The Spirituality and Way of Life Founded in Jamaica: Rastafarianism

Rastafarianism, a spiritual movement that emerged from Jamaica in the early 20th century, is rooted in the proliferation of Ethiopianism and Pan-Africanism. Its rise can be traced to the coronation of Ethiopian Emperor Haile Selassie I in 1930, which was seen by its adherents as the fulfillment of a prophecy made by Marcus Garvey, a key figure in the Pan-African movement. This movement, marked by the belief in Selassie’s divinity, found its early foundation through the efforts of preachers like Leonard Howell, who established the first prominent Rastafarian community in 1940. As the movement grew, it gained global attention through the music of devoted Rastafarian Bob Marley. Despite the deaths of Selassie in 1975 and Marley in 1981, Rastafarianism endures, maintaining a presence in the United States, England, Africa, and the Caribbean.

The Roots of Rastafarianism

The origins of Rastafarianism are deeply intertwined with the historical and cultural landscape of Jamaica, a nation profoundly affected by the transatlantic slave trade and colonialism. The 18th century saw the rise of Ethiopianism among black slaves in the Americas, a movement that idealized Africa and offered hope through Biblical passages such as Psalm 68:31: “Princes shall come out of Egypt and Ethiopia shall soon stretch out her hands unto God.” This ethos was further strengthened by the Pan-African movement of the late 19th century and the teachings of Marcus Garvey. Garvey, a Jamaican-born activist, famously proclaimed, “Look to Africa where a black king shall be crowned, he shall be the Redeemer,” a statement that became a cornerstone of Rastafarian belief.

The 1920s also brought influential proto-Rastafarian texts such as “The Holy Piby” and “The Royal Parchment Scroll of Black Supremacy” to Jamaica, further shaping the spiritual and ideological foundations of the movement.

Haile Selassie

Haile Selassie and the Rise of Rastafarianism

On November 2, 1930, Ras Tafari Makonnen was crowned Emperor Haile Selassie I of Ethiopia. Believed to be a descendant of King Solomon and the Queen of Sheba, Selassie assumed the titles of King of Kings, Lord of Lords, and the Conquering Lion of the Tribe of Judah. For many Jamaicans, this event fulfilled Garvey’s prophecy. Preachers in Jamaica began to promote Selassie’s ruling authority over King George V (Jamaica was then a colony of England), and by the mid-1930s, the Ethiopian emperor was regarded by followers as the living embodiment of God.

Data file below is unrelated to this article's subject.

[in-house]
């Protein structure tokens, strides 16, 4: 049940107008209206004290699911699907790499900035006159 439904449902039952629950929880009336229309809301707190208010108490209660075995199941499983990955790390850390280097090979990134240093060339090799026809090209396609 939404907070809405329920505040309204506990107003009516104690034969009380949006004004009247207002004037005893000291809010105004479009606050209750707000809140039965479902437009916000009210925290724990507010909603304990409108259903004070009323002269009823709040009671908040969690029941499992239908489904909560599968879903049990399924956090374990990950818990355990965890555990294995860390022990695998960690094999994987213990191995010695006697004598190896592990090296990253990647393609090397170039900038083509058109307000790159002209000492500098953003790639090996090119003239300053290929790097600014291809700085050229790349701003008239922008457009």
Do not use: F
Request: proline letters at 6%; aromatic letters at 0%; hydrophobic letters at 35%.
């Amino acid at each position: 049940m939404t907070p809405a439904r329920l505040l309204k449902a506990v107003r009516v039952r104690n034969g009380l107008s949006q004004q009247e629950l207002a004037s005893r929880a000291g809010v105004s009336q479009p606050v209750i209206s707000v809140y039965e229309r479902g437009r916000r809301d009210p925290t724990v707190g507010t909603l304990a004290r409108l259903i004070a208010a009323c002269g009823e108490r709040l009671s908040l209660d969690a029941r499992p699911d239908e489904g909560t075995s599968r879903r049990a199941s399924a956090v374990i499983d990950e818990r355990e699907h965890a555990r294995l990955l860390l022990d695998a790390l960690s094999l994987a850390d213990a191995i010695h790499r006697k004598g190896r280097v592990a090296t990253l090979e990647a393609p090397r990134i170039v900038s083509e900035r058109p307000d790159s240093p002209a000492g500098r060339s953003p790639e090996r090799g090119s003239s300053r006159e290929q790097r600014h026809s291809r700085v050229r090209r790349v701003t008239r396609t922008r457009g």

Early Rastafarian preachers, such as Robert Hinds, Joseph Hibbert, and Archibald Dunkley, gained prominence during this period. However, Leonard Howell, a former member of Garvey’s Universal Negro Improvement Association, emerged as a pivotal figure. Howell returned to Jamaica in 1932 after extensive travels and outlined the nascent movement’s principles in his publication “The Promise Key” circa 1935. Despite facing persecution and multiple arrests by the Jamaican government, Howell founded the Ethiopian Salvation Society (ESS) in 1939 and established a Rasta commune known as Pinnacle in 1940. Pinnacle became an autonomous community for thousands, cultivating marijuana for both spiritual and economic purposes. However, this reliance on the illegal crop led to repeated raids by authorities, culminating in a significant crackdown in May 1954 that effectively dismantled the commune.

New Developments and Global Spread

The late 1940s saw the emergence of a more radical version of Rastafarianism known as the Youth Black Faith in the slums of Kingston, Jamaica’s capital. This group, a precursor to the Nyahbinghi Mansion, adopted an aggressive stance against authorities and introduced practices that became widely associated with Rastafarians, including the wearing of dreadlocks and the development of a unique dialect.

Despite reportedly rejecting the Rastafarian depiction of him as a deity, Emperor Selassie embraced their cause by donating 500 acres for the development of the Ethiopian community of Shashamane in 1948. This land grant, confirmed in 1955, offered Jamaicans and other blacks the opportunity to fulfill their hope of returning to Africa.

Additional branches of Rastafarianism gained followers over the next two decades. In 1958, Prince Emanuel Charles Edwards created the Ethiopian International Congress (Bobo Ashanti), which emphasized separation from society and strict gender and dietary laws. In 1968, Vernon Carrington, also known as the Prophet Gad, founded the Twelve Tribes of Israel, advocating for daily Bible reading and emphasizing the group’s lineage.

Acceptance in Jamaica

Jamaica’s formal independence from England in 1962 marked a new chapter in its history, but negative attitudes and governmental oppression of Rastafari persisted. The most notorious incident occurred in April 1963, known as “Bad Friday,” when police arrested and beat an estimated 150 innocent Rastafarians in response to a militant flare-up at a gas station.